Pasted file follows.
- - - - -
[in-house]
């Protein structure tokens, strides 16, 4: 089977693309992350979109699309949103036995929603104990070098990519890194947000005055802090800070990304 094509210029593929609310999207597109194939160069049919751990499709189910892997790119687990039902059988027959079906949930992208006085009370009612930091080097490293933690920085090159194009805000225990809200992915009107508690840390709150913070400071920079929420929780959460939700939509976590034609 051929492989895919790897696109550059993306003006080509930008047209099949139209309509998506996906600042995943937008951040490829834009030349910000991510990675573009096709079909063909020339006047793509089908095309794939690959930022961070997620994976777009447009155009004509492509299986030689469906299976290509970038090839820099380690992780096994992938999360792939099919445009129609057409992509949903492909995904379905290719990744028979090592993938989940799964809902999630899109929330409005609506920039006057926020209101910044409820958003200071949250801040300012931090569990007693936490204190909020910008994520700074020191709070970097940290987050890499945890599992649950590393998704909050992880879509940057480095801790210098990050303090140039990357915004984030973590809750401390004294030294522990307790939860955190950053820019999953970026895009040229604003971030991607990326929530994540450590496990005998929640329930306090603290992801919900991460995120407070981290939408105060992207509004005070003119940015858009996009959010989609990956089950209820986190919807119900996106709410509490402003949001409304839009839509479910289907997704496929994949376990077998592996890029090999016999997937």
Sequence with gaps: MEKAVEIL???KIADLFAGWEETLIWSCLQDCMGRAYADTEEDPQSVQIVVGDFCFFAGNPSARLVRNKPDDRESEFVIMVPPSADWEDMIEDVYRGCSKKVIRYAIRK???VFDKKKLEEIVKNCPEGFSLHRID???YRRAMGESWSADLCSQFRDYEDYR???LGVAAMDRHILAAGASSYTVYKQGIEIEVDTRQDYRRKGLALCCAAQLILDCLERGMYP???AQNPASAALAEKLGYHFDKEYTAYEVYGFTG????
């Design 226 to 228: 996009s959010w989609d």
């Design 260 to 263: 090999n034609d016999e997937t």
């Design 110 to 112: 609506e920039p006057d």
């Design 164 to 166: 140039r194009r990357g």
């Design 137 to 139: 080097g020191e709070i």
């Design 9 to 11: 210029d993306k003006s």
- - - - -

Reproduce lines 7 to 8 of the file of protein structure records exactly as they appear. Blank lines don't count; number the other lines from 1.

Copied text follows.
């Design 164 to 166: 140039r194009r990357g």
């Design 137 to 139: 080097g020191e709070i």